Function dispatch, loosely speaking,
allows a function to be calculated by different code
based on the manner in which it is called.
Of course, this description also applies to conditional evaluation,
but function dispatch tends to be more declarative, modular, etc.
Clojure supports various forms of function dispatch, based on argument
Conditional evaluation can achieve many of the same results as function dispatch.
For example, the
macro can be used to evaluate different code,
based on arbitrary criteria.
However, this approach has some significant drawbacks:
- The code resides in a single function,
complecting selection and evaluation.
- The function must be edited whenever a case
needs to be added, modified, or removed.
- The approach is imperative, rather than declarative.
Consequently, the approaches described below are generally preferable.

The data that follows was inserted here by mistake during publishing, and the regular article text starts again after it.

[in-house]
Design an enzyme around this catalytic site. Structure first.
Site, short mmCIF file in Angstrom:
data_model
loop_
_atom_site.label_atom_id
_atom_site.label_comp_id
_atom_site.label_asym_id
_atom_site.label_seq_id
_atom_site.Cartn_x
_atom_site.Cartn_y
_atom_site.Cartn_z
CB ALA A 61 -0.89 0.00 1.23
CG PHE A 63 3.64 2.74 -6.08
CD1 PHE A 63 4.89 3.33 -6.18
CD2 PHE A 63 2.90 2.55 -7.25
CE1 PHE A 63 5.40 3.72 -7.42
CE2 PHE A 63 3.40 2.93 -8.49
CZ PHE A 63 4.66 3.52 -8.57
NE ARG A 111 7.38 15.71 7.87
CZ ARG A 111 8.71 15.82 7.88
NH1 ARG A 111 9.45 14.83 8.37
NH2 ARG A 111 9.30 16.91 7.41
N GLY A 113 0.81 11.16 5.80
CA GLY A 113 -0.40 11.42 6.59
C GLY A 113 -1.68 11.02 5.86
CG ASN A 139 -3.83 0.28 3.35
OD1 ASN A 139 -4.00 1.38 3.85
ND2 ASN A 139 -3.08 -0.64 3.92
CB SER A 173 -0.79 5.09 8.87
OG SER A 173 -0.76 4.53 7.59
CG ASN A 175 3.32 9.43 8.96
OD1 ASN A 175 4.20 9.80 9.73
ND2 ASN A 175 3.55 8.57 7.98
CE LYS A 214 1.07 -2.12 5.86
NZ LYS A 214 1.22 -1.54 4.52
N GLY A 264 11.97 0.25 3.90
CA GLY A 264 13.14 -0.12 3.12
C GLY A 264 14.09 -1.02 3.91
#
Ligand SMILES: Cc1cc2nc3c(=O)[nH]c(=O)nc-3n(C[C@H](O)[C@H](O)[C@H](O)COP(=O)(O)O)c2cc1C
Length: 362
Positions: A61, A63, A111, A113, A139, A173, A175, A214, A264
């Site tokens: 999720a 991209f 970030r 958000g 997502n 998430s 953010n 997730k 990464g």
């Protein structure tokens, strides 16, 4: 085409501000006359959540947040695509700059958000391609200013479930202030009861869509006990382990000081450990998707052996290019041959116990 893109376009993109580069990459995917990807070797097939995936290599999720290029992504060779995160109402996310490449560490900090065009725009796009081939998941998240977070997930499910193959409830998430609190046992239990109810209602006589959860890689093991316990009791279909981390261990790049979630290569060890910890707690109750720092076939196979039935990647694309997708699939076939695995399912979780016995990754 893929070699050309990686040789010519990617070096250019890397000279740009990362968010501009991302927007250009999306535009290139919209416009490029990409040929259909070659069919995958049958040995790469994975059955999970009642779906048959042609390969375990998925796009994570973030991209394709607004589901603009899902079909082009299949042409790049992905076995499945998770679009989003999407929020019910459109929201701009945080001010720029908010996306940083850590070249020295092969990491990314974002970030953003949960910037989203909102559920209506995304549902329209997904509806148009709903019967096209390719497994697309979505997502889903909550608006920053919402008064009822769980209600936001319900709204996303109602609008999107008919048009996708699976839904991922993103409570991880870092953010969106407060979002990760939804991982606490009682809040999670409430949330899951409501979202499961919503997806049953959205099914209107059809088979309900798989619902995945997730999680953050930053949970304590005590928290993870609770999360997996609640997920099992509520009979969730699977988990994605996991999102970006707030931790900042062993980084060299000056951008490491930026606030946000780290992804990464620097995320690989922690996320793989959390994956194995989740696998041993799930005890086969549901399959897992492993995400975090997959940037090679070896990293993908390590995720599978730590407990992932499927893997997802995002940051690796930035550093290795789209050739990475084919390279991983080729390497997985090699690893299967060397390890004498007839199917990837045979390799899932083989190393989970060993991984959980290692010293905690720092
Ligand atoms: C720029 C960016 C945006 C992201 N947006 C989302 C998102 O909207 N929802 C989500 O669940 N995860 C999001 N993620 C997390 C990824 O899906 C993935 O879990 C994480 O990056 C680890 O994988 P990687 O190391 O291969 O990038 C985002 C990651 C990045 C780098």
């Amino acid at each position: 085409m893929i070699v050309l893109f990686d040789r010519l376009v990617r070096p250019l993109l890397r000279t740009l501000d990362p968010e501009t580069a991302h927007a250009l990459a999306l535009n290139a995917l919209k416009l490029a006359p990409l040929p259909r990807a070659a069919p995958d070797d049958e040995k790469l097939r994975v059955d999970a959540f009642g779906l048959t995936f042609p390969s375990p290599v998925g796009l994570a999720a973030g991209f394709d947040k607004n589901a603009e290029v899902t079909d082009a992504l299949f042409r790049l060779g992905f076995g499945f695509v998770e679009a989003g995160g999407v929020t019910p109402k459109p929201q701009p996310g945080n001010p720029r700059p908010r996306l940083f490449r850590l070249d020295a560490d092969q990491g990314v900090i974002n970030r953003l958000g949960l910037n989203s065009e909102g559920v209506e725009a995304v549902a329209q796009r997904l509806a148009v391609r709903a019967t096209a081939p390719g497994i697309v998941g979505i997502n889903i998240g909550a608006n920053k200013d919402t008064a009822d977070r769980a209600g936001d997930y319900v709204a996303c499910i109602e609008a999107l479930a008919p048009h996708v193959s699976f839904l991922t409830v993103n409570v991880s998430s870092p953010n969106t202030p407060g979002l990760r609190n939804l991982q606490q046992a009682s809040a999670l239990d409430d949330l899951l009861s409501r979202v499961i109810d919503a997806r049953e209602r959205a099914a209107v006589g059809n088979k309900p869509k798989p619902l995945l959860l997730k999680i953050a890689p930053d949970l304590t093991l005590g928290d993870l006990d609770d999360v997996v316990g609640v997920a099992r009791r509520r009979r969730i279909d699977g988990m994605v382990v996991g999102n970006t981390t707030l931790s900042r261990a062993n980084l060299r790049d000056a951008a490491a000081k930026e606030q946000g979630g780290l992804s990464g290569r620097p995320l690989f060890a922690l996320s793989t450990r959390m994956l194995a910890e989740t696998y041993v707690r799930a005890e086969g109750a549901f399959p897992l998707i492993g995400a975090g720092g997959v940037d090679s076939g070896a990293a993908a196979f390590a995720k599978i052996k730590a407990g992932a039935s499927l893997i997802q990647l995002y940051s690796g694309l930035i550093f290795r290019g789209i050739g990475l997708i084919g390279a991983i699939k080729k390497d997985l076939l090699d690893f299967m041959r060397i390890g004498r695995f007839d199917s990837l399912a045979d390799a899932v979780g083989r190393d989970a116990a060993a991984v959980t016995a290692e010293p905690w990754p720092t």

Clojure functions can be defined in multiple sections,
each of which handles a different arity
(ie, number of arguments), eg:
( ... )
([x] ... )
([x y] ... )
([x y & more] ... ) )
support statically-defined single dispatch,
based on the class of the receiving object.
See the Java, etc.
page and the
section (below) for more information.
based on arbitrary criteria:
A Clojure multimethod is a combination of a dispatching function
and one or more methods.
When a multimethod is defined, using
defmulti, a dispatching function must be supplied.
This function will be applied to the arguments to the multimethod
in order to produce a dispatching value.
The multimethod will then try to find the method associated with the dispatching value
or a value from which the dispatching value is derived. ...
Although multimethods can be (and historically, were) used
to dispatch based the type of the first argument (eg, the type of the receiving Java object),
now provide a more declarative, extensible, and efficient solution
for this use case.
However, multimethods are still useful,
because they can handle many other types of dispatch.
support single dispatch,
based on the type (eg,
) of a function's first argument.
So, like Java's interfaces
they handle the common case of dispatching on an object's type.
However, protocols also allow dynamic creation and extension
and sidestep the requirement for class hierarchies, etc.
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